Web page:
Name: Mateus Cruz Loss
Type: MSc dissertation
Publication date: 08/06/2020

Namesort descending Role
Roberta Paresque Advisor *

Examining board:

Namesort descending Role
Ana Paula Aprígio Assis External Alternate *
Fabio Oliveira do Nascimento External Examiner *
Leonora Pires Costa Internal Examiner *
Roberta Paresque Advisor *

Summary: The cranial morphology of carnivores presents a high
variation among their species in response to different factors,
such as geographic gradients, genetic differences expressed by
the phenotype throughout development, niche divergences, among
others. In the order Carnivora, Mustelidae is the family that has
the greatest morphological disparity, occupying different
habitats, presenting different eating habits and having the
largest number of extant species. Corroborating these factors
stands out Eira barbara, a medium-sized mustelid distributed
throughout the Neotropical Region, with forestry habits and a
generalist-omnivorous diet. Considering the known sources of
variation for the carnivore skull and the diversity found in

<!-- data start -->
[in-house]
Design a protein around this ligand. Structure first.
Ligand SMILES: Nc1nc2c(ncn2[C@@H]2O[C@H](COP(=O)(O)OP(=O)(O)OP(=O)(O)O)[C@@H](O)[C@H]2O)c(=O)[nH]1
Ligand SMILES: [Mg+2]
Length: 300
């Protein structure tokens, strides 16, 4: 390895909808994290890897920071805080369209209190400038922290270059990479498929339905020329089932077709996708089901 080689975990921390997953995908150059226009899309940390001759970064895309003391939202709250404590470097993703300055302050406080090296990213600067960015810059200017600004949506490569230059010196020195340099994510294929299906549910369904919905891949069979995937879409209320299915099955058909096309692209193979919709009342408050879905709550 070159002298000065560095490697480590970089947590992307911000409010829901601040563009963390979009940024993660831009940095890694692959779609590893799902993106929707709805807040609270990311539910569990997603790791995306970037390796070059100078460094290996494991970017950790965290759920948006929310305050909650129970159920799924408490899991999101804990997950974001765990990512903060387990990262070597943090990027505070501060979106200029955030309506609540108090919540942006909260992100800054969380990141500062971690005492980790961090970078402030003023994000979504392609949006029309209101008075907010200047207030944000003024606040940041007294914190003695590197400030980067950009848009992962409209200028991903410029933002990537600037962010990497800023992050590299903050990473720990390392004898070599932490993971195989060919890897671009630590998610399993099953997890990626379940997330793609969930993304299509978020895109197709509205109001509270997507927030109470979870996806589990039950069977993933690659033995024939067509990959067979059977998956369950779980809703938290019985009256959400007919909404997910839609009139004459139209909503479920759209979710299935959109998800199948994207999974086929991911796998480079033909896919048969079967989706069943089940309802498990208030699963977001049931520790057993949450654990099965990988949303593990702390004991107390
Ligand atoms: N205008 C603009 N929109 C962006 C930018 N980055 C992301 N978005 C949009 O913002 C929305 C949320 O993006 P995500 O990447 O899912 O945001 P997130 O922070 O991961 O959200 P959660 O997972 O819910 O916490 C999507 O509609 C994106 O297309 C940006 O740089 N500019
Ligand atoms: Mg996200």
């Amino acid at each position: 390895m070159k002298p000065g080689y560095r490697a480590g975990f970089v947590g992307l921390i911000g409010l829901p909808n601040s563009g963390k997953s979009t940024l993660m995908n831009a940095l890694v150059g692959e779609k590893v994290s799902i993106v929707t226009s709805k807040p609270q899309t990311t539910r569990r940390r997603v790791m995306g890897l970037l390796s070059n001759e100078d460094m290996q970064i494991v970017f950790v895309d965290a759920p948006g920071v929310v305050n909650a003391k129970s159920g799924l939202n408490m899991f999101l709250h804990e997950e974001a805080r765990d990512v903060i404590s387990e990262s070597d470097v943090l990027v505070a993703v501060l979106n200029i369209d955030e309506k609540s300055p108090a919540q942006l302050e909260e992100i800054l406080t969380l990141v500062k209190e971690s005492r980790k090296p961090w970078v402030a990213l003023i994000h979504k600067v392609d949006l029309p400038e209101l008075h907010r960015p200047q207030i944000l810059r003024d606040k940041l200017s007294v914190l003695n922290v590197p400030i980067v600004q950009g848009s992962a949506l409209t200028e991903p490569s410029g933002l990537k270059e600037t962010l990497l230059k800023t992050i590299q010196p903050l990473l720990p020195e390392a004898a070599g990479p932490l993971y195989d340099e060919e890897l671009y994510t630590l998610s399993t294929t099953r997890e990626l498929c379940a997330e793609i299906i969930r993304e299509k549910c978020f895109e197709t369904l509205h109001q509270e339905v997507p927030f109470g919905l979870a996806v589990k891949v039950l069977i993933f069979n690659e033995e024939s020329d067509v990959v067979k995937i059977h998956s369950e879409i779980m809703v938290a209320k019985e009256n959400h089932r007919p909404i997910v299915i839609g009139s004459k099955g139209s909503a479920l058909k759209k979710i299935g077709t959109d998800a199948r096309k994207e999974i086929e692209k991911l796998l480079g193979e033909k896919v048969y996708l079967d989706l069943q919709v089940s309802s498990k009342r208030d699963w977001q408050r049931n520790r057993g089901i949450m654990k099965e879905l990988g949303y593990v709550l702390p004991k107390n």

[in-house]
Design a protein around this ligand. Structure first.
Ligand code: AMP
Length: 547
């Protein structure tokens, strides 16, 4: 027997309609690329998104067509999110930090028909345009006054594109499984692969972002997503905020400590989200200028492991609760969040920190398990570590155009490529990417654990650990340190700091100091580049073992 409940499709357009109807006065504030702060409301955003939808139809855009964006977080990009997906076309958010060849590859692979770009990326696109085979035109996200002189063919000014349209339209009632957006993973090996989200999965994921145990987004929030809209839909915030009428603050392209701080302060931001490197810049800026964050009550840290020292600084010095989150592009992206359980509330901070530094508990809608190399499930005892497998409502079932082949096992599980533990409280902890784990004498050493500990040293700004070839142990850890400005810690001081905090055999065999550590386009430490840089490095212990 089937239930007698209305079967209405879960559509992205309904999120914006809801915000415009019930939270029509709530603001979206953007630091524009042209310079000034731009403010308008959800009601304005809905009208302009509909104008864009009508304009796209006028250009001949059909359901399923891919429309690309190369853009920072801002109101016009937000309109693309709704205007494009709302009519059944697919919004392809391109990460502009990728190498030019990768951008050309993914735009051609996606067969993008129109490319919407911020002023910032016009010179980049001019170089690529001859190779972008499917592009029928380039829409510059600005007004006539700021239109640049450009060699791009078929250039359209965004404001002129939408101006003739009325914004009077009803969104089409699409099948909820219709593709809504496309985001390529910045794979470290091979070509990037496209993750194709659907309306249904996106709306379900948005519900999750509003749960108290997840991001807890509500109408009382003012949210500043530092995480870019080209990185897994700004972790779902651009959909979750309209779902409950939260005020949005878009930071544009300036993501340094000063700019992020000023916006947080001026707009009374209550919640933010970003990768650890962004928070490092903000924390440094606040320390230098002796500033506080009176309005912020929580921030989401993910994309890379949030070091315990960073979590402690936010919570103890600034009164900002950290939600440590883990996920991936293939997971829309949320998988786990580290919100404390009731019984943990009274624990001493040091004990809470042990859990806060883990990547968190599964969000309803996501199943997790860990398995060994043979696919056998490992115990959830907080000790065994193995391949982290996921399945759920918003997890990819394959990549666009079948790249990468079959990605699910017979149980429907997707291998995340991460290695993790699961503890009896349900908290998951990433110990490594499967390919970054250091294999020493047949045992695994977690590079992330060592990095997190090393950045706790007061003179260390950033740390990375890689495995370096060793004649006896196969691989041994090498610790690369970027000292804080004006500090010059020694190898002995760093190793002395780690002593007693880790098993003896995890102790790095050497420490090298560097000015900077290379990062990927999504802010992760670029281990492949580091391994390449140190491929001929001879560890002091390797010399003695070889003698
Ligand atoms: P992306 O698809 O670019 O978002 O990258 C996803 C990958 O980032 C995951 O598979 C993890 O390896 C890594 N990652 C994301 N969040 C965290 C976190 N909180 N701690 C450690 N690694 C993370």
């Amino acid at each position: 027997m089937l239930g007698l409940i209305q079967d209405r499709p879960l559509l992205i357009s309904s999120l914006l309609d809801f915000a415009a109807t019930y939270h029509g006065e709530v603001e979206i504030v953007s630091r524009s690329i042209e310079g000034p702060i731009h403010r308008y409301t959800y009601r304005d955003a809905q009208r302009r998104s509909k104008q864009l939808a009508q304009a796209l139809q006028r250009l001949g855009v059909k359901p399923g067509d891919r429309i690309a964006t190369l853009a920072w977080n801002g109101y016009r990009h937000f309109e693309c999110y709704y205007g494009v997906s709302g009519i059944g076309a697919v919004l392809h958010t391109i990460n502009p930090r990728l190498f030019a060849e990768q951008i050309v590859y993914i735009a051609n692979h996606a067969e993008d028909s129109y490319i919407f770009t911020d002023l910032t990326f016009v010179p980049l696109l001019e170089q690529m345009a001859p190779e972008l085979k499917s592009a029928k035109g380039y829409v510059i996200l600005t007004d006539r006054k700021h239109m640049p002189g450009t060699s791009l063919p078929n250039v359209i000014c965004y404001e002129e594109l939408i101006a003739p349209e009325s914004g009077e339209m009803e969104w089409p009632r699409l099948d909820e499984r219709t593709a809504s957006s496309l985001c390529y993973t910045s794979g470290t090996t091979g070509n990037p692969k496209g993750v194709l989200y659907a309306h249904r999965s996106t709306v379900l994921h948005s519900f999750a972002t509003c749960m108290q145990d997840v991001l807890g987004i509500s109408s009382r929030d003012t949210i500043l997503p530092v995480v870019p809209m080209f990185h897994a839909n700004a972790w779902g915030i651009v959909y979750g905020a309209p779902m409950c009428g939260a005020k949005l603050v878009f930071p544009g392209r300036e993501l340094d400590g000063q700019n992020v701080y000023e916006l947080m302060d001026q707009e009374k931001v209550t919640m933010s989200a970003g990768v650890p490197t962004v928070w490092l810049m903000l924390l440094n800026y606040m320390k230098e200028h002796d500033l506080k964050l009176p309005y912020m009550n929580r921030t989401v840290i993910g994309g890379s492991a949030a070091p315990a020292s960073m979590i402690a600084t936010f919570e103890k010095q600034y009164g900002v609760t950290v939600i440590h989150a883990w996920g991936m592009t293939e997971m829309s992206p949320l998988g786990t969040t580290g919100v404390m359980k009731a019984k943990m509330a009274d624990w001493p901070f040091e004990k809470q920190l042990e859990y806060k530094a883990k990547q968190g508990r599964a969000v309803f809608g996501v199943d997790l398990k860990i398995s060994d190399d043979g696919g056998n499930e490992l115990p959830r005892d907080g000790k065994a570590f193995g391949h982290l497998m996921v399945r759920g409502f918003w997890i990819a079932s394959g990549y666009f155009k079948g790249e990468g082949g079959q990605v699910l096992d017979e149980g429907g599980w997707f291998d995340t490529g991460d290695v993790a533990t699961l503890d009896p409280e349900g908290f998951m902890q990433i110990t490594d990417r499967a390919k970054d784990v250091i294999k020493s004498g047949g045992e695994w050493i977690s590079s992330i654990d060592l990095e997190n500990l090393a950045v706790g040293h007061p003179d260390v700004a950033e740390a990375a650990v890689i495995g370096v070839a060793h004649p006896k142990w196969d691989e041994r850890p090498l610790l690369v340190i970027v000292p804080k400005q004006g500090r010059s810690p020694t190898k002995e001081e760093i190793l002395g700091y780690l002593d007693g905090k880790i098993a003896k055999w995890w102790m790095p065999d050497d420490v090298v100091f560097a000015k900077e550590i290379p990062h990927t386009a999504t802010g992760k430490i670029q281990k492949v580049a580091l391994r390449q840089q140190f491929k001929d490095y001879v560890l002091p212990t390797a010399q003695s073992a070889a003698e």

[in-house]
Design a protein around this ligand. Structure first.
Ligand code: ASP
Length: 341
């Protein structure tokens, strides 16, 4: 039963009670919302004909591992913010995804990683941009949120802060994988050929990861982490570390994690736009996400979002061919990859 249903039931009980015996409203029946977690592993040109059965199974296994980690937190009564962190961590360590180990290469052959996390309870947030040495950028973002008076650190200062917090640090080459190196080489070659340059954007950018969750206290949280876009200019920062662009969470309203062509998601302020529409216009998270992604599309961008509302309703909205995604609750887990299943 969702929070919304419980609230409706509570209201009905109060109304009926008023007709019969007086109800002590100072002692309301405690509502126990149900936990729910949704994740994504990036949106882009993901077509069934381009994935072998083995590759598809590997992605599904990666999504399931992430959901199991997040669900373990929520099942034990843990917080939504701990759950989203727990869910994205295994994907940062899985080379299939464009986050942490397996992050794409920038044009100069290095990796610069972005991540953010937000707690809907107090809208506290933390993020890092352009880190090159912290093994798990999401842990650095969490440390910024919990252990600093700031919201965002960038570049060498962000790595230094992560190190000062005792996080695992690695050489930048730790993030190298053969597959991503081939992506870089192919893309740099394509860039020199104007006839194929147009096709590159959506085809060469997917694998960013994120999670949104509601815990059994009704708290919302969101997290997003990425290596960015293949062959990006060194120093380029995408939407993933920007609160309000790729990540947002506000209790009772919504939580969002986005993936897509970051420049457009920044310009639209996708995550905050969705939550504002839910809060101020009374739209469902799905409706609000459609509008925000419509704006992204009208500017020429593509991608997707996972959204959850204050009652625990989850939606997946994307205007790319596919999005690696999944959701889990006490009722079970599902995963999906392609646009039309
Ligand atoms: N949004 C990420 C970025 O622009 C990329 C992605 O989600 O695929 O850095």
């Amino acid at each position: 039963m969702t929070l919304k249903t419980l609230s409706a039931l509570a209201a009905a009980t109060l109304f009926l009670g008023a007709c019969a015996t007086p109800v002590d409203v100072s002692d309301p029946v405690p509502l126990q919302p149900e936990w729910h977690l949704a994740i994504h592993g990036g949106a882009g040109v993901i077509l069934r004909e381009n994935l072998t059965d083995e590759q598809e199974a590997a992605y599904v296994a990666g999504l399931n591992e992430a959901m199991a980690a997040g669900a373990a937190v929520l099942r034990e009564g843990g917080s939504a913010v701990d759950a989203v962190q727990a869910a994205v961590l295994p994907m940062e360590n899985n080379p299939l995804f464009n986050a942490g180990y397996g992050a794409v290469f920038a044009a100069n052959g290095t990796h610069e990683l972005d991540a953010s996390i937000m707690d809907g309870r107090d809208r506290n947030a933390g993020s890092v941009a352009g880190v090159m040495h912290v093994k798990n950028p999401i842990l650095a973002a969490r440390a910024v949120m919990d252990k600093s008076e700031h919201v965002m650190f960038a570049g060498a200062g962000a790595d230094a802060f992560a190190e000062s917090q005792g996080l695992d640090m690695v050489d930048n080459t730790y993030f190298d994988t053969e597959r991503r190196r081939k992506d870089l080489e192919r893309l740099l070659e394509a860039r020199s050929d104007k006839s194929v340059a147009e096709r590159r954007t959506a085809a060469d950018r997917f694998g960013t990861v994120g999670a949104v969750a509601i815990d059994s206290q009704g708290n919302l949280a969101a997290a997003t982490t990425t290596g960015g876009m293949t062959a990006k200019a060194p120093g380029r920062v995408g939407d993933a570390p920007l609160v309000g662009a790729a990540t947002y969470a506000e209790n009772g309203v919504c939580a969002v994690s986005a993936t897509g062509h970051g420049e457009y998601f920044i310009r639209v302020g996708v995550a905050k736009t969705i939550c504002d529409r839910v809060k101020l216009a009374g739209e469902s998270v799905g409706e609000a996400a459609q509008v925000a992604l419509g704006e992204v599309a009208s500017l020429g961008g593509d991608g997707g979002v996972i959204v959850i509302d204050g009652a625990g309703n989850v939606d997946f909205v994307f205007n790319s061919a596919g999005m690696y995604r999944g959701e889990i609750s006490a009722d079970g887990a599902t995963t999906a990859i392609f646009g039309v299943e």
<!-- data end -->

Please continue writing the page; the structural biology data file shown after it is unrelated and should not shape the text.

mustelids, E. barbara is characterized as a species that has
little investigated cranial morphology, when considering the
previous items and the existing knowledge in the literature.
Based on these facts, this research aimed to investigate cranial
morphology with a focus on three sources of variations: ontogeny,
sexual dimorphism and geography. In order to know the behavior of
the skull morphology against these sources of variation, skulls
of specimens of E. barbara deposited in Brazilian scientific
collections were photographed in the dorsal, lateral and ventral
views and subjected to analyzes of geometrics morphometrics. As a
result, it was identified that changes in shape throughout
development follow the pattern already known to other carnivores,
sexual dimorphism was identified with males more larger and with
more conspicuous structures in relation to females and,
geographical differences, were identified between specimens from
the extremes of the distribution; the intermediate specimens in
the distribution were also intermediate in shape and size. The
results are presented as important findings for the knowledge of
the specie and the group, given the methodology used, the sources
of investigated variations and the inferences that from this, can
be better investigated and deduced.

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